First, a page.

The DVTA is holding a public meeting on Tuesday, December 11, at 6 pm at its garage at 45 Mill Street to present an overview of the process and answer questions.
In 2003 a Phase II environmental study identified many areas of concern which the DVTA addressed. The DVTA spent $138,159 of its own funds and an additional $155,055 of federal funds to remediate all identified hazards from the 2003 study, and to tear down and remove almost 60,000 square feet of the original 82,000-square-foot factory. Soil contamination was identified in the study, but levels were acceptable for 2003 standards.
In 2012 the Vermont Department of Environmental Conservation read the 2003 study for the first time as part of the DVTA’s loan application process. The DEC applied 2012 standards to the 2003 test results and found that, in scattered locations, the contamination levels, if still present, would be above 2012 acceptable industrial site levels. They called for a new Phase II Environmental Assessment Study. The DVTA procured qualified consultants through the Windham Regional Commission’s Brownfields program.
The EAS draft is still being analyzed by the DEC. In 11 of 18 test areas arsenic is above current acceptable industrial levels. Had the contamination been a substantial threat to public health and safety, additional testing of groundwater would have been ordered by the DEC, but they declined based on the test results which showed that no such greater threat exists.
The DVTA recently enrolled in the state’s highest level of remediation compliance: BRELLA (Brownfields Reuse & Environmental Liability Limitation Act). This program mandates the creation of several levels of planning, remediation, and public outreach. Pending successful completion of these three elements, the DVTA will be given a release that protects it from the risk of environmental liability for newly discovered contamination or changes in the regulatory scheme. It also provides access to remediation grants and loans, and is a requirement of its local share of construction expenses for the new facility.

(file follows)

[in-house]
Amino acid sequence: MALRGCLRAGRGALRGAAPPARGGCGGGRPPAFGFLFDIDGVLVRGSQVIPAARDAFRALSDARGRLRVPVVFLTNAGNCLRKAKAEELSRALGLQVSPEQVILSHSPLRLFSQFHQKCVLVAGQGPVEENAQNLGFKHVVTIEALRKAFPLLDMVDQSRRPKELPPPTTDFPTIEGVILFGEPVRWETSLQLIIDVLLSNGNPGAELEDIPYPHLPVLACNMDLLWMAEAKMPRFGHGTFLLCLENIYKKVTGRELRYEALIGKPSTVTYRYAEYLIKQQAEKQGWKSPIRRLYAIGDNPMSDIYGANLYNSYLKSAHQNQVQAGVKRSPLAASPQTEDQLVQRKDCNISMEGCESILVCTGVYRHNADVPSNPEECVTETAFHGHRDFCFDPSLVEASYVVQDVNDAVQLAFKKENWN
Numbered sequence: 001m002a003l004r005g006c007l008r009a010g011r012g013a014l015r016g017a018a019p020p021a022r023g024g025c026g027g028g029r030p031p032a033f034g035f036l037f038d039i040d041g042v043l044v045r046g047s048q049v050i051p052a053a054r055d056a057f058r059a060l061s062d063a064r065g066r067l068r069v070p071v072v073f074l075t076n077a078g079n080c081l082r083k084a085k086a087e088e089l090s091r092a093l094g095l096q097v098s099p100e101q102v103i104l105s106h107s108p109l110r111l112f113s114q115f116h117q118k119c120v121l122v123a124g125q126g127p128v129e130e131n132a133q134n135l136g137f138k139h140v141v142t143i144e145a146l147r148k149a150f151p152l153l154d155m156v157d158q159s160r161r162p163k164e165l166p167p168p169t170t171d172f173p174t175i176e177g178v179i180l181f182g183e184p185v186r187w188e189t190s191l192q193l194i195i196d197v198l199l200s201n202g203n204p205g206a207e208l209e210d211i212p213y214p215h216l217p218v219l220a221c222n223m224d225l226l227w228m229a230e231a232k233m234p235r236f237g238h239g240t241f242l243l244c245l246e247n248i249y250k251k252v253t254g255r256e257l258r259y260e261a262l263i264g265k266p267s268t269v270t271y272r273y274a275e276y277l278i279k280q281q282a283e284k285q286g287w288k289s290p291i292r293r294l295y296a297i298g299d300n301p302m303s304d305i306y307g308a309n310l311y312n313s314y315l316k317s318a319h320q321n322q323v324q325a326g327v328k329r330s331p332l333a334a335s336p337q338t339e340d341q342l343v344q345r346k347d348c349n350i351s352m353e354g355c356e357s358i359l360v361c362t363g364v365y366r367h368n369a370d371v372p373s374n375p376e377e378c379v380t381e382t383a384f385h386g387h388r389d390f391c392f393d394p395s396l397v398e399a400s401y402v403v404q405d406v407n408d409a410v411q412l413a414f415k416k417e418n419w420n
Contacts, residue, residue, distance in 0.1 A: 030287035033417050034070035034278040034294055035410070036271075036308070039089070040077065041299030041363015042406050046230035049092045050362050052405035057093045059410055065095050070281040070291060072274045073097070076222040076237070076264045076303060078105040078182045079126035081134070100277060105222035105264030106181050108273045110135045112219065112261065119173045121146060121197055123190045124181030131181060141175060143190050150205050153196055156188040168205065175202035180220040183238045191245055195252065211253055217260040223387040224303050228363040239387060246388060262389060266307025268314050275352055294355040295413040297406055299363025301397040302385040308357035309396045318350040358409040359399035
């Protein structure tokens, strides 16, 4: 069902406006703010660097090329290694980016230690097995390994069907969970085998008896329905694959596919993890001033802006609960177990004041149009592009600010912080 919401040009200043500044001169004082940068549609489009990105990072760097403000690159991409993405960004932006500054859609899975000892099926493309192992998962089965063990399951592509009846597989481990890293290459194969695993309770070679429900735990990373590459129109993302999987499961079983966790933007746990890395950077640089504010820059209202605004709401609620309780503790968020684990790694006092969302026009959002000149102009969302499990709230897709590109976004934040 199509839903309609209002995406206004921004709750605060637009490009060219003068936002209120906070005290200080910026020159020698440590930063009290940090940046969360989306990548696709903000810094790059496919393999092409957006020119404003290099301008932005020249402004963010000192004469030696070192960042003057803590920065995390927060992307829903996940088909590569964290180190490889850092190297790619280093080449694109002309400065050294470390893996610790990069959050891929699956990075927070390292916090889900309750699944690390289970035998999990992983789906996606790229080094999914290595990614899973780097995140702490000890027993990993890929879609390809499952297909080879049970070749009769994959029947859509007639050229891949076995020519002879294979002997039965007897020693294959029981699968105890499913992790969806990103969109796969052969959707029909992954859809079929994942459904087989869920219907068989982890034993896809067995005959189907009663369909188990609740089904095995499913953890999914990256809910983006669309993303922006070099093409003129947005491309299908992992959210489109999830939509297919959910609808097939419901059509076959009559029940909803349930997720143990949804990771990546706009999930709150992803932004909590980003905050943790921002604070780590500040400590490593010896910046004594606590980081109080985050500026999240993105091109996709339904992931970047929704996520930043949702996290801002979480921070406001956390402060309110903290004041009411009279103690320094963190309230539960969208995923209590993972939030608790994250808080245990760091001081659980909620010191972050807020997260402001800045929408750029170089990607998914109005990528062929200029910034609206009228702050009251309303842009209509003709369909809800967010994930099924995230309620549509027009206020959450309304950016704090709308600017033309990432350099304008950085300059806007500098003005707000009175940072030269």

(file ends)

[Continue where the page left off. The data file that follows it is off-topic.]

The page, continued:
Last week the remediation planning began as factual data became available. The WRC, its consultant, the DEC, and the DVTA agreed on the technical, financial, and public outreach remediation processes. A Corrective Action Plan is underway based on two premises: that as much soil and material will be kept on the site to avoid or minimize costly removal expense; and that the entire site will be capped, either through concrete, pavement, a barrier, or approved soils and seeding. Much of the remediation is already planned as part of the new facility construction plan, while other areas will be modified to incorporate the remediation requirements. An Analysis of Brownfields Cleanup Alternatives will also be developed in order for the DVTA to apply for grants and low-interest remediation loans through the WRC.
The public will have 30 days to review the CAP and ABCA plans starting in late December. Upon review of the plans and the ensuing input, the DEC and WRC will edit and approve the respective plans. The DVTA will then proceed to closing on its construction loans and go out to bid for the project’s construction, which is expected to start April 1, and conclude by December 2013.
The process will address nearly 100 years of environmental concerns. The DVTA will have spent almost $5.5 million in cleaning up the site and revitalizing it. The site will be certified by the state for environmental compliance at the highest level.
For more information, questions, or comments contact Randy Schoonmaker, DVTA General Manager, at (802) 464-8487 or email@example.com.